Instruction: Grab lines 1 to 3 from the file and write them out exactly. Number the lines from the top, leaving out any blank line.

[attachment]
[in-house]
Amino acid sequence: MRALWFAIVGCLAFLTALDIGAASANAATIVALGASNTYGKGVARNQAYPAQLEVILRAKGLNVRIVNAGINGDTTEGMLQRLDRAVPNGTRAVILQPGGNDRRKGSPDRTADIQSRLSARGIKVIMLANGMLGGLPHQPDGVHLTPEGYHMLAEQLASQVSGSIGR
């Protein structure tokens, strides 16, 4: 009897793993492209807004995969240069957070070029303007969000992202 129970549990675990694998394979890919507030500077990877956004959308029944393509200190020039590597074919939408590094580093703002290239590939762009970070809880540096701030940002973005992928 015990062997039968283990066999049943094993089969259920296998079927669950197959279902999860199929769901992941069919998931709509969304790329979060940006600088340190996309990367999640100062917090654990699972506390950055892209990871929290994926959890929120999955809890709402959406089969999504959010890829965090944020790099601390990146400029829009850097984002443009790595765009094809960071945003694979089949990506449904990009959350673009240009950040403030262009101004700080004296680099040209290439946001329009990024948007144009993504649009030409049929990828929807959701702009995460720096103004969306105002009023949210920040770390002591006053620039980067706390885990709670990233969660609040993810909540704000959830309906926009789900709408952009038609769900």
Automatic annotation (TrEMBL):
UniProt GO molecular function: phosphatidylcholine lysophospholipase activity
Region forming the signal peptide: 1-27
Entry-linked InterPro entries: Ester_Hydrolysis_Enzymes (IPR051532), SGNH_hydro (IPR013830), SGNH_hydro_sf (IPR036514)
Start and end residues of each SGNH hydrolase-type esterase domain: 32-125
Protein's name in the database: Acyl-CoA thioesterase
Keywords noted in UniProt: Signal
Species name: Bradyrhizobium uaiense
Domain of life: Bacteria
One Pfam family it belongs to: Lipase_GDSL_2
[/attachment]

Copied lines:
[in-house]
Amino acid sequence: MRALWFAIVGCLAFLTALDIGAASANAATIVALGASNTYGKGVARNQAYPAQLEVILRAKGLNVRIVNAGINGDTTEGMLQRLDRAVPNGTRAVILQPGGNDRRKGSPDRTADIQSRLSARGIKVIMLANGMLGGLPHQPDGVHLTPEGYHMLAEQLASQVSGSIGR
């Protein structure tokens, strides 16, 4: 009897793993492209807004995969240069957070070029303007969000992202 129970549990675990694998394979890919507030500077990877956004959308029944393509200190020039590597074919939408590094580093703002290239590939762009970070809880540096701030940002973005992928 015990062997039968283990066999049943094993089969259920296998079927669950197959279902999860199929769901992941069919998931709509969304790329979060940006600088340190996309990367999640100062917090654990699972506390950055892209990871929290994926959890929120999955809890709402959406089969999504959010890829965090944020790099601390990146400029829009850097984002443009790595765009094809960071945003694979089949990506449904990009959350673009240009950040403030262009101004700080004296680099040209290439946001329009990024948007144009993504649009030409049929990828929807959701702009995460720096103004969306105002009023949210920040770390002591006053620039980067706390885990709670990233969660609040993810909540704000959830309906926009789900709408952009038609769900």